► Quickest AMG C63 yet
► New 'box and driver aids
► Accessible sideways silliness
Affalterbach sells more C63 Coupes than any other bodystyle over here in the UK, with 47% of buyers plumping for the tin-top two-door. Of those, the majority are hotter S models, whereas Saloon and Estate buyers go for lower-spec (and power) standard models.
And rightly so, frankly, because its wider rear track makes Coupe the most focused drivers’ car of the lot. Sure, an estate with a 4.0-litre hot-vee turbo motor is a wonderful thing to behold, but its handling simply isn’t as engaging.
Now, following a mid-life facelift the rest of the C-Class range recently enjoyed, there’s an updated version for CAR to get its hands on. The subtle exterior tweaks – front and rear bumper changes, exhaust trims, new wheel designs; so minor they’re almost imperceptible – belie far more extensive upgrades under the skin.
There’s a new nine-ratio automatic gearbox, evocatively named AMG Speedshift MCT 9G, to replace the ponderous old seven-speed ‘box found in pre-facelift cars. Engine output remains the same, however. But to better harness that explosive performance, a set of new electrical handling aids are thrown in.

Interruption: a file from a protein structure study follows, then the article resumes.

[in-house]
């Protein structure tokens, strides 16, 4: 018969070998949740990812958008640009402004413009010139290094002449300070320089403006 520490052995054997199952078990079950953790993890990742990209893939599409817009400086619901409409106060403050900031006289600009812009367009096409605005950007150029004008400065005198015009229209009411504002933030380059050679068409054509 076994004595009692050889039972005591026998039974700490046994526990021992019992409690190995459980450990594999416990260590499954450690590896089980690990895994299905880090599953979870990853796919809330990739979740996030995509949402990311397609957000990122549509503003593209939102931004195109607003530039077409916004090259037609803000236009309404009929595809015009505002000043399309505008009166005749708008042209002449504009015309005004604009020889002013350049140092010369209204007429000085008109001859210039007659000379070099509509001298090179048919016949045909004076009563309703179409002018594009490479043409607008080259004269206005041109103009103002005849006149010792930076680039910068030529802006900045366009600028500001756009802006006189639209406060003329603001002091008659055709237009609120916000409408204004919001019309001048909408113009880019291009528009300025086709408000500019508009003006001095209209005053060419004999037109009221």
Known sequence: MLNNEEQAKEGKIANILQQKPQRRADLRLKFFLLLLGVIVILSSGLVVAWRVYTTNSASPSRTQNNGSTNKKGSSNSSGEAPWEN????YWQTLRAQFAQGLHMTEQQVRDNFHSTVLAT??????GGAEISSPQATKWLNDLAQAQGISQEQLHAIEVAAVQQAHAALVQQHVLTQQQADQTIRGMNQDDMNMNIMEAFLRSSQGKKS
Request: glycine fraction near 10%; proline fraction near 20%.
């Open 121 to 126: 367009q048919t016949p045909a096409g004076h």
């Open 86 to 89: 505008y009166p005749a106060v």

We went out to the Bilster Berg drive resort in northern Germany – a custom-built non-FIA circuit with huge elevation change, very little run-off and some seriously challenging corners – and the surrounding country roads to try out the tweaks.
What’s the new Mercedes-AMG C63 S Coupe like on the road?
Out onto the public roads first and our primary focus was testing the new gearbox. Is nine speeds too many for a motor that spins with so much ferocity? Work’s been done to mitigate: with a kickdown the ‘box will jump ratios (also possible in manual mode if you pull the left paddle for more than a fraction of a second) so you can leap down from seventh to fourth, or fifth to second, dropping you higher in the rev range far quicker than would be possible with the outgoing one.